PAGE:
Sixteen of NASCAR’s 2013 race cars took to Charlotte Motor Speedway Tuesday for the first of two days of testing, testing that by all accounts got off to a positive start.
And while NASCAR officials said there still could be minor tweaks to the rules package, the so-called G6 race cars — short for sixth-generation — are in pretty close to final form for all non-restrictor-plate tracks.
The evolution of the G6 cars will continue into the early part of the 2013 schedule, when there will be a day of testing prior to the Las Vegas and Texas races and additional practice at Auto Club Speedway.
The 2013 G6 cars tested Tuesday are substantially different than the NASCAR Sprint Cup cars 2007-12. In addition to new bodies, the G6 cars are lighter, with carbon-fiber hoods, and the rear sway bars have been eliminated to remove some of the skew out of the chassis.
Tuesday at Charlotte, the cars drew strong praise from the drivers.
“I know everybody’s probably really curious about how we think that the racing’s going to go and this and that and the other, but it’s really early in the game,” said Dale Earnhardt Jr., driver of the No. 88 Hendrick Motorsports Chevrolet. “This is the first time I drove the cars at all, but I’m really impressed.
“I really liked the way — the balance of the car, the downforce seems to be relatively good, and the car drives well for us today. We’ll just move through the next couple of days here and keep tuning and trying things, and see what the car likes and doesn’t like.”
“The cars feel good,” added Matt Kenseth, who now drives the No. 20 Toyota for Joe Gibbs Racing. “They’ve got a ton of grip. I felt like they had a lot of rear grip, especially. … Overall, it seems like a lot more grip than when we raced here in the fall.”
Reigning NASCAR Sprint Cup champion Brad Keselowski said he reckoned the Toyota teams were the early leaders in the G6 cars.
“I think the Toyotas have shown that they’re gonna be really, really tough to beat with this new car,” said Keselowski. “I really like the way they finished last year, and, for them, I think they have the capability of starting out next year even stronger than the field, so that will be interesting to watch, but there’s still a lot of testing and a lot of development left to be done. However, if I was to venture a guess, I would definitely say that they’re at the top of the list.”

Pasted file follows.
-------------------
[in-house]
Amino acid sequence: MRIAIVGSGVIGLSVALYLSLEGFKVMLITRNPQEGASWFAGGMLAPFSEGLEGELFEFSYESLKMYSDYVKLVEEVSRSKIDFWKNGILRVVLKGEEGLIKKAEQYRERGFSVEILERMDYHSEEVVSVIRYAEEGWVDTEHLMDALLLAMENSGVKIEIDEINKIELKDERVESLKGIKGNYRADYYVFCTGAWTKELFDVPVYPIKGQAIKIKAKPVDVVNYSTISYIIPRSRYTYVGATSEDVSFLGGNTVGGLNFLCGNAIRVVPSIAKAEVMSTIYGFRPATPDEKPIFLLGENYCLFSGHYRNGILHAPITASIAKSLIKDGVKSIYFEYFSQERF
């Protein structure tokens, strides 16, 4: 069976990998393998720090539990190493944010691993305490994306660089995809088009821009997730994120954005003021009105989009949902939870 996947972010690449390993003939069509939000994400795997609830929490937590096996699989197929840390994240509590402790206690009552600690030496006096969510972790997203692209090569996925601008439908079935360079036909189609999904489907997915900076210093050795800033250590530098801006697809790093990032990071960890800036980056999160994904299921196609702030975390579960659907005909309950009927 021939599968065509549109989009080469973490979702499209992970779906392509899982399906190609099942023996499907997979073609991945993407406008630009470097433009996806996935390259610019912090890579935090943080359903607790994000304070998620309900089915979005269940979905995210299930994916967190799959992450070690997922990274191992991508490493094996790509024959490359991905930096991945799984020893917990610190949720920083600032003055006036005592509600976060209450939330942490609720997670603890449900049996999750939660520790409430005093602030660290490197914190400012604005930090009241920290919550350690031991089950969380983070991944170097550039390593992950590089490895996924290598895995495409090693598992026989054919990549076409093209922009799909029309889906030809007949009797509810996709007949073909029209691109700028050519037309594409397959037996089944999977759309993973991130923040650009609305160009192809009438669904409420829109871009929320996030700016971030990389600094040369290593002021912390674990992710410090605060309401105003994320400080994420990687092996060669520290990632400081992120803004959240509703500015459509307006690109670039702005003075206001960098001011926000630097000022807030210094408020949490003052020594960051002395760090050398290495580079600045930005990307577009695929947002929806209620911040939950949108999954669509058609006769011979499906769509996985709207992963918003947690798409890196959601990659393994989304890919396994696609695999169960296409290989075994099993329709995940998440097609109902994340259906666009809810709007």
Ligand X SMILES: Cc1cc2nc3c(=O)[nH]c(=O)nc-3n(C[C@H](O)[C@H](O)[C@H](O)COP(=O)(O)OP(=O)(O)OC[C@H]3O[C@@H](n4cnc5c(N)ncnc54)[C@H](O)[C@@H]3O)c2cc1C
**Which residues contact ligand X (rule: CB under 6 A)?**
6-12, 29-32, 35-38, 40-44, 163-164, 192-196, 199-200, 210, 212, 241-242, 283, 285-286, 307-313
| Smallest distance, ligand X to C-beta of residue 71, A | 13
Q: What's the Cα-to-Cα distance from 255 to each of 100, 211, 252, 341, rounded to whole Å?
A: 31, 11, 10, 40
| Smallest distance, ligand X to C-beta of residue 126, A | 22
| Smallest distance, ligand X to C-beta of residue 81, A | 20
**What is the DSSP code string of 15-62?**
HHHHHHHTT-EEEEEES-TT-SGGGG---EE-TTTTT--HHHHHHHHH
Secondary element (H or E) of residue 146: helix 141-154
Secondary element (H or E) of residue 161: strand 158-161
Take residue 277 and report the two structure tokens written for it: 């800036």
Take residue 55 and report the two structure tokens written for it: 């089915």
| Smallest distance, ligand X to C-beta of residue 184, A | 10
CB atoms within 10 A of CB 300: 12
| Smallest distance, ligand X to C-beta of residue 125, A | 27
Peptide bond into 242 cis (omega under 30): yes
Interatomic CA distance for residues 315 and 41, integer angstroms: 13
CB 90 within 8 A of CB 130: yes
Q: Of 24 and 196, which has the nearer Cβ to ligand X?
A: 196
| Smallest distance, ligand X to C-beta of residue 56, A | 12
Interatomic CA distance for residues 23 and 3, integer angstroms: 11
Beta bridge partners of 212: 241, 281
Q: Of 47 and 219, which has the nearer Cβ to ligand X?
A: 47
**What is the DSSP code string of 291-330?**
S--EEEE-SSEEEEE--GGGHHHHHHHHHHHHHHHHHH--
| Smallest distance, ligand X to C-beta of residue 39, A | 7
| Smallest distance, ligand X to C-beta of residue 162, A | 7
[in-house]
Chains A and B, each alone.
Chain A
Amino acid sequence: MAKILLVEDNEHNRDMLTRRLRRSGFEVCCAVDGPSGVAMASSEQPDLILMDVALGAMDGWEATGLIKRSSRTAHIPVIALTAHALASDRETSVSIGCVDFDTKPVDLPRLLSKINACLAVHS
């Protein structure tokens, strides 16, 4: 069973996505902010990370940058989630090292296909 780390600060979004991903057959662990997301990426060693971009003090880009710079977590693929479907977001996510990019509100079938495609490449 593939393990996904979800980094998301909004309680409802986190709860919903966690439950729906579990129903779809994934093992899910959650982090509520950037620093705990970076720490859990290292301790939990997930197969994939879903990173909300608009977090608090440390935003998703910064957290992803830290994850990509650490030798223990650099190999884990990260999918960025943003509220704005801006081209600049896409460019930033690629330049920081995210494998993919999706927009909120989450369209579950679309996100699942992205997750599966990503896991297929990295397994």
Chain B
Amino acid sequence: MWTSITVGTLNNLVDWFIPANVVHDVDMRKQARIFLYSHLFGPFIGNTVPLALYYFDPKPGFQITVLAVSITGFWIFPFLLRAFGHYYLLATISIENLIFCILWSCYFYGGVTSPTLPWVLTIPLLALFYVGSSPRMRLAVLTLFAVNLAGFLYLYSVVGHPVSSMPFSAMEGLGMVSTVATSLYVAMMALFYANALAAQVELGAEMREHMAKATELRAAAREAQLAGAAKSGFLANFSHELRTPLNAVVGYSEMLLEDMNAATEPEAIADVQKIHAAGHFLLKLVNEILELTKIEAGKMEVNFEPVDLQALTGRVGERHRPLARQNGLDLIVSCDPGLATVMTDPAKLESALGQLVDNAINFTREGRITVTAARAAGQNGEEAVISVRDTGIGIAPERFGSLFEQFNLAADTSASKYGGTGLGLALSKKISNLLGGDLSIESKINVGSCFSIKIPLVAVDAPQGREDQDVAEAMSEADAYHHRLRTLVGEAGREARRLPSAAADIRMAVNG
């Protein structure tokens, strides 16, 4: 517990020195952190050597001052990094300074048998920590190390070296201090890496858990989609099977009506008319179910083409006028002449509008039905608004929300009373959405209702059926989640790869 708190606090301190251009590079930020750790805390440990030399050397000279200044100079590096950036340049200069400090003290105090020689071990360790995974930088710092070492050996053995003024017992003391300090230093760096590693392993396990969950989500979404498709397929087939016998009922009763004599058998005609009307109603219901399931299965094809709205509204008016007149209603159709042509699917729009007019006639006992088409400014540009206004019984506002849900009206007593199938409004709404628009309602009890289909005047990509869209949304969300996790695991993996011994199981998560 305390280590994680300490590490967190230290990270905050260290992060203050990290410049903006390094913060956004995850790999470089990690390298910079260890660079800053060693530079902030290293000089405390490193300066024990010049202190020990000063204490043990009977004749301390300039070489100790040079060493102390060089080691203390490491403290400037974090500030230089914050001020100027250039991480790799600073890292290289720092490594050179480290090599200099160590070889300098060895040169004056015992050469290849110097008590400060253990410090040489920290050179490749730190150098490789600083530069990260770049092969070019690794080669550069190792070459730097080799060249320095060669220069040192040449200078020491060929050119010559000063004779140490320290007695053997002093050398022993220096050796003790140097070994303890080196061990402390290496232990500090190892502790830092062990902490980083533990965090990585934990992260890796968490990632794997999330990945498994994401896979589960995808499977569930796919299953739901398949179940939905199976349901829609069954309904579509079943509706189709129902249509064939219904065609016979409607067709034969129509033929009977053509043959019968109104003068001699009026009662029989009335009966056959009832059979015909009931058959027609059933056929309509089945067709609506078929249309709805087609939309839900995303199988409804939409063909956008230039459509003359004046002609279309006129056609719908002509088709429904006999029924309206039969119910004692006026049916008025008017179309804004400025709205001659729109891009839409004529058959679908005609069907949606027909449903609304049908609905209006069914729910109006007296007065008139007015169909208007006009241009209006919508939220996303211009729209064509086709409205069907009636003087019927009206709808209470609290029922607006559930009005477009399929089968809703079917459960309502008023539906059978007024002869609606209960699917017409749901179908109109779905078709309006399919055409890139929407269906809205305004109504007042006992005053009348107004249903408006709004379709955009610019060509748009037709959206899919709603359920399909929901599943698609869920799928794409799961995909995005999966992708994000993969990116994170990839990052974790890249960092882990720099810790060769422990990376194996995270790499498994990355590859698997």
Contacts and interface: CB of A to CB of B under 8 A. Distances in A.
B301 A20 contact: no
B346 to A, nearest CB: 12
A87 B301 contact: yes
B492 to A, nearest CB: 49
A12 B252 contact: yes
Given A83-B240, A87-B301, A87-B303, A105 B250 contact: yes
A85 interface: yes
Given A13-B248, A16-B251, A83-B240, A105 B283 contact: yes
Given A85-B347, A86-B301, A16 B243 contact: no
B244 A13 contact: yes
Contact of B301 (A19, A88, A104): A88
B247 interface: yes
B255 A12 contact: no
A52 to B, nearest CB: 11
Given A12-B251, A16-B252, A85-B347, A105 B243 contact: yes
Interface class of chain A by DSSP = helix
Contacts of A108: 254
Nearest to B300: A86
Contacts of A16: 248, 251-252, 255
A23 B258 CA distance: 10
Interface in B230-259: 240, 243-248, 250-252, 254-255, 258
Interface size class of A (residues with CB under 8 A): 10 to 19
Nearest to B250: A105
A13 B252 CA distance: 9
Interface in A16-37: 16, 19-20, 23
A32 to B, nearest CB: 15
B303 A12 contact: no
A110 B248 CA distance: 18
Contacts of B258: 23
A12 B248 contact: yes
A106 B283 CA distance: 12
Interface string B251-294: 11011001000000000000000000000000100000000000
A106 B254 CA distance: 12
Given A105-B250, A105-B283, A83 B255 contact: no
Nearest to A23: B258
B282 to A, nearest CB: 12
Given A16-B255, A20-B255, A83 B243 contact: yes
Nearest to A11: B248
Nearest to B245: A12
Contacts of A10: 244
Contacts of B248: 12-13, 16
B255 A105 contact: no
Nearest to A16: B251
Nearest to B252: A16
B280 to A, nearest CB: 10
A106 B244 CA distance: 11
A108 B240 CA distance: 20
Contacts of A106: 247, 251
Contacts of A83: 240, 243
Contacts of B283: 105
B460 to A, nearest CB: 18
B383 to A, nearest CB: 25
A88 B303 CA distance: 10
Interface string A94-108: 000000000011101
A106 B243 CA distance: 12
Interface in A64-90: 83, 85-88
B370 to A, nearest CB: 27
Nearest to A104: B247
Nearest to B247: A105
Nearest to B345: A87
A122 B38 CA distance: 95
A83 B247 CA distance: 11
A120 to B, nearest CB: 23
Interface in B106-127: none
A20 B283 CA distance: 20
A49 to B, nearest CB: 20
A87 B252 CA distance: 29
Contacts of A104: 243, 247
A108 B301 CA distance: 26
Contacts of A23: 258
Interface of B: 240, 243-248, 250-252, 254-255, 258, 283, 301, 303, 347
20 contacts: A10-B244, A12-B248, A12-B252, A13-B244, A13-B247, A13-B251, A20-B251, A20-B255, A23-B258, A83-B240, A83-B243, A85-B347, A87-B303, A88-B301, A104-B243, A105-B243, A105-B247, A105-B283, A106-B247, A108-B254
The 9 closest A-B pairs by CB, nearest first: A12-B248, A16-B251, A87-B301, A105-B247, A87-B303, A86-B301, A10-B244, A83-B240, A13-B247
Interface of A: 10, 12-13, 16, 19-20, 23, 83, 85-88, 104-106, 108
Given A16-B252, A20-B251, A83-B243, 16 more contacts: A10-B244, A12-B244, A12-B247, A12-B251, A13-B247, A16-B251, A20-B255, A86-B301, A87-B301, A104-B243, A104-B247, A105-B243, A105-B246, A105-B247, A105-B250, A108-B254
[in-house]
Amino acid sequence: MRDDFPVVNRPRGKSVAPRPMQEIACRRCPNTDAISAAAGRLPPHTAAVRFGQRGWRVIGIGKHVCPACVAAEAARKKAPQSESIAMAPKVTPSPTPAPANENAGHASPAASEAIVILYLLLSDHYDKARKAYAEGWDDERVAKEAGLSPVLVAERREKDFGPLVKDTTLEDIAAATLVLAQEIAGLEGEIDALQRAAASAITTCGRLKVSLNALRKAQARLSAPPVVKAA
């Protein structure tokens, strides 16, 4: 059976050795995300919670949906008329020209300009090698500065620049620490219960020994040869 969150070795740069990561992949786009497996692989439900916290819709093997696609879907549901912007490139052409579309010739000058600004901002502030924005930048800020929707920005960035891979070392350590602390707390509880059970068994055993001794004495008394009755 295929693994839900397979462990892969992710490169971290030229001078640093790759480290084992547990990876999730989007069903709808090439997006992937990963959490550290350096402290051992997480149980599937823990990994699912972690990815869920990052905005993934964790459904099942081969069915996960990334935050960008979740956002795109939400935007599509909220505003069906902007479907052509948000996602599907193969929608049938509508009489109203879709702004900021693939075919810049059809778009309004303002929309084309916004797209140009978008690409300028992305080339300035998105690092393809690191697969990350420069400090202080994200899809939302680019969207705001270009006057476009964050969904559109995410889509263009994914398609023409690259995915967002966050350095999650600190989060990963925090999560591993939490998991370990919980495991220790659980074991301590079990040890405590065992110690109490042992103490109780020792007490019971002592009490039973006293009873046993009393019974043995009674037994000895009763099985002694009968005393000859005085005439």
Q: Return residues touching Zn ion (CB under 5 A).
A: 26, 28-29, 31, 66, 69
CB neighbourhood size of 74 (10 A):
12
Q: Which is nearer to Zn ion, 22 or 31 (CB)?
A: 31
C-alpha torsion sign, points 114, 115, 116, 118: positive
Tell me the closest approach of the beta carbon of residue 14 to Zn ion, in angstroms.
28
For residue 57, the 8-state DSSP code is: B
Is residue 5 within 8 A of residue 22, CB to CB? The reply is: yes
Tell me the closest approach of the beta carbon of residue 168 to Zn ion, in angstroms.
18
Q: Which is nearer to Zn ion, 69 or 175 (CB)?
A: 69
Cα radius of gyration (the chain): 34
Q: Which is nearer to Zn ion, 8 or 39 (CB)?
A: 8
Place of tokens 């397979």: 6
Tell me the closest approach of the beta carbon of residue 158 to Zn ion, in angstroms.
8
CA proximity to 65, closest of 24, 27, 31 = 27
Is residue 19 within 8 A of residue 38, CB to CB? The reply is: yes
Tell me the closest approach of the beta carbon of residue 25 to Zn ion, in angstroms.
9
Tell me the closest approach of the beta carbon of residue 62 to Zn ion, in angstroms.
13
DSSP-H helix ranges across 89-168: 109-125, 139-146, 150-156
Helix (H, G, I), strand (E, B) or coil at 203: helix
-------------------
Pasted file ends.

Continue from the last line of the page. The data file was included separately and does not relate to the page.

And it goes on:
In the morning session at CMS, where cold temperatures made for high grip levels, Jeff Burton topped the speed charts at 190.833 miles per hour in his No. 31 Richard Childress Racing Chevrolet.
Cars ran only single file in the morning practice, but were expected to do some pack racing in the afternoon.
SPEEDS, 1st SESSION
Jeff Burton, No. 31 Richard Childress Racing Chevrolet, 190.833 mph
Kevin Harvick, No. 29 Richard Childress Racing Chevrolet, 190.215
Austin Dillon, No. 27 Richard Childress Racing Chevrolet, 189.934
Kasey Kahne, No. 5 Hendrick Motorsports Chevrolet, 189.853
Joey Logano, No. 22 Penske Racing Ford, 189.321
Matt Kenseth, No. 20 Joe Gibbs Racing Toyota, 189.175
Dale Earnhardt Jr., No. 88 Hendrick Motorsports Chevrolet, 189.122
Juan Pablo Montoya, No. 42 Earnhardt Ganassi Racing with Felix Sabates Chevrolet, 189.016
Denny Hamlin, No. 11 Joe Gibbs Racing Toyota, 188.580
Regan Smith, No. 24 Hendrick Motorsports Chevrolet, 188.449
Brad Keselowski, No. 2 Penske Racing Ford, 187.891
Ryan Newman, No. 39 Stewart-Haas Racing Chevrolet, 187.435
Casey Mears, No. 13 Germain Racing Ford, 187.428
Bobby Labonte, No. 47 JTG-Daugherty Racing Toyota, 185.663
Aric Almirola, No. 43 Richard Petty Motorsports Ford, 185.516 mph
Trevor Bayne, No. 21 Wood Brothers Racing Ford, 183.286 mph
Tom Jensen is the Editor in Chief of SPEED.com, Senior NASCAR Editor at RACER and a contributing Editor for TruckSeries.com. You can follow him online at twitter.com/tomjensen100.